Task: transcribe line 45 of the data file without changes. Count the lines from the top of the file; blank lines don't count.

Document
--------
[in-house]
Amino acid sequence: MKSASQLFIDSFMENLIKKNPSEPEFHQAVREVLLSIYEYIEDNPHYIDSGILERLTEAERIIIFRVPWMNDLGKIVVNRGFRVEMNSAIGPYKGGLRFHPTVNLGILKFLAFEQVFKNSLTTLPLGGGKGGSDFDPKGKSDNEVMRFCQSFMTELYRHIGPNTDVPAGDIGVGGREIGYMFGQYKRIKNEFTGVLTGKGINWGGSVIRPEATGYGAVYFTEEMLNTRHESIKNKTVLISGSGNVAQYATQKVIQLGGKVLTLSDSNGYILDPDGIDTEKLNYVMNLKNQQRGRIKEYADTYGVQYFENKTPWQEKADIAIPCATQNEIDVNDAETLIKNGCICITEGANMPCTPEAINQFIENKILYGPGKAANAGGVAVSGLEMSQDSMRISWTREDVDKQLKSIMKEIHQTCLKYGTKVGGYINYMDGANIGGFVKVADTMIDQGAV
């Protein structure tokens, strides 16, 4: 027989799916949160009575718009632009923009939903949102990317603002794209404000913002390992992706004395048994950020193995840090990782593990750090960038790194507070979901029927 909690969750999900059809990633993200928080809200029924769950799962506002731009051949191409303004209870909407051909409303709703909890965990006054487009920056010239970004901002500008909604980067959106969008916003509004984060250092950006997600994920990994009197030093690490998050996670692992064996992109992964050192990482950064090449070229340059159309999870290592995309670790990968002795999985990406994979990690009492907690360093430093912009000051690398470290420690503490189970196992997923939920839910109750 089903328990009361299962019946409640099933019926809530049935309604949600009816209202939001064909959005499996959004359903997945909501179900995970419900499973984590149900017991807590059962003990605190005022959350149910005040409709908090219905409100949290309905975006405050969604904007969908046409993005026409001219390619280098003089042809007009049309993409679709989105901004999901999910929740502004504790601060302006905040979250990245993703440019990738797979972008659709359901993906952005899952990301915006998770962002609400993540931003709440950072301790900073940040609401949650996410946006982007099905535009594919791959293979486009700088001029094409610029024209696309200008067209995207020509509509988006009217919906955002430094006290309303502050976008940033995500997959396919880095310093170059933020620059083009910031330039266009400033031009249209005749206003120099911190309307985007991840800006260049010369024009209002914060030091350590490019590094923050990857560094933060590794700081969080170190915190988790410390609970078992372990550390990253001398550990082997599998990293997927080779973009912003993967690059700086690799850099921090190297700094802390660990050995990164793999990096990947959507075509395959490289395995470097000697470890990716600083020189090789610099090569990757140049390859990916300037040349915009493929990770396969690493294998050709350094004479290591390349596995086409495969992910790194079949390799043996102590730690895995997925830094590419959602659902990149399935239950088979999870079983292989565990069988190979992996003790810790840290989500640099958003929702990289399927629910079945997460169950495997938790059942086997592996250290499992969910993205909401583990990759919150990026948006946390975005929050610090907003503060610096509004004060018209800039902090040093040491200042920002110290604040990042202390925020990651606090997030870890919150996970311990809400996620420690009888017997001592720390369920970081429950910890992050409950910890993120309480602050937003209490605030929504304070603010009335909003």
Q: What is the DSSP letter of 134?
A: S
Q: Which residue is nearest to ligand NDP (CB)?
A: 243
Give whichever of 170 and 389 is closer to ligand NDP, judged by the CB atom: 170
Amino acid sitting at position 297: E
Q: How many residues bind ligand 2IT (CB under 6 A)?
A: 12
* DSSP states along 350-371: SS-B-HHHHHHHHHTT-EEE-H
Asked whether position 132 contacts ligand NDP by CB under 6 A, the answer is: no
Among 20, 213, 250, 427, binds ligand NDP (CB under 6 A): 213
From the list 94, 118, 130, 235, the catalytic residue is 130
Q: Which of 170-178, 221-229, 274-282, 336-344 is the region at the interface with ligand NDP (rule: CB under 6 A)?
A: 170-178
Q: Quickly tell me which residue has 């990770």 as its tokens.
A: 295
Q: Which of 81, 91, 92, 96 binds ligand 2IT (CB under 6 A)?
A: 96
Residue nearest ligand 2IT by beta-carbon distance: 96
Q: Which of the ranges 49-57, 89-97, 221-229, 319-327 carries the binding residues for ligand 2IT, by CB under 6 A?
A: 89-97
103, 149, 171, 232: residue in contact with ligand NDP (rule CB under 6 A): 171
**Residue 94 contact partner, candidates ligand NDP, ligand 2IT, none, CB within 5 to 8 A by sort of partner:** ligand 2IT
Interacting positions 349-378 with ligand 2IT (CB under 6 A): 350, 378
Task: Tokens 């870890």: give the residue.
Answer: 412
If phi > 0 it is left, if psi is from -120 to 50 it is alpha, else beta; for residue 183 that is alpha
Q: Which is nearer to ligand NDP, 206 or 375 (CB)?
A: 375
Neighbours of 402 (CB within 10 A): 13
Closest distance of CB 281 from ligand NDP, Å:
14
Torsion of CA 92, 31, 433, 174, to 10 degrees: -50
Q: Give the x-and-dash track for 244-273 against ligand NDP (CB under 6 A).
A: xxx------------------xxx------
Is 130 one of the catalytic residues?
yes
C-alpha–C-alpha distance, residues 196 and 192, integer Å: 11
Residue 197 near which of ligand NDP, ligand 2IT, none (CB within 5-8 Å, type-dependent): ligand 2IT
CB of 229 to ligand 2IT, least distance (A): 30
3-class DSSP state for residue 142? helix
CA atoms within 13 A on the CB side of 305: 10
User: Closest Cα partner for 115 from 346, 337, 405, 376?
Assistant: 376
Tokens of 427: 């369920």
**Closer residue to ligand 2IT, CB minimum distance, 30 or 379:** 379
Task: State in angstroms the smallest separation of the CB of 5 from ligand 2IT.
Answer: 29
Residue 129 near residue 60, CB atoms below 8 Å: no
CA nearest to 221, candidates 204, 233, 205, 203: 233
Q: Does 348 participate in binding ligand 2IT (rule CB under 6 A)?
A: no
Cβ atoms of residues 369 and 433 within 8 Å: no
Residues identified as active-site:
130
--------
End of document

CA atoms within 13 A on the CB side of 305: 10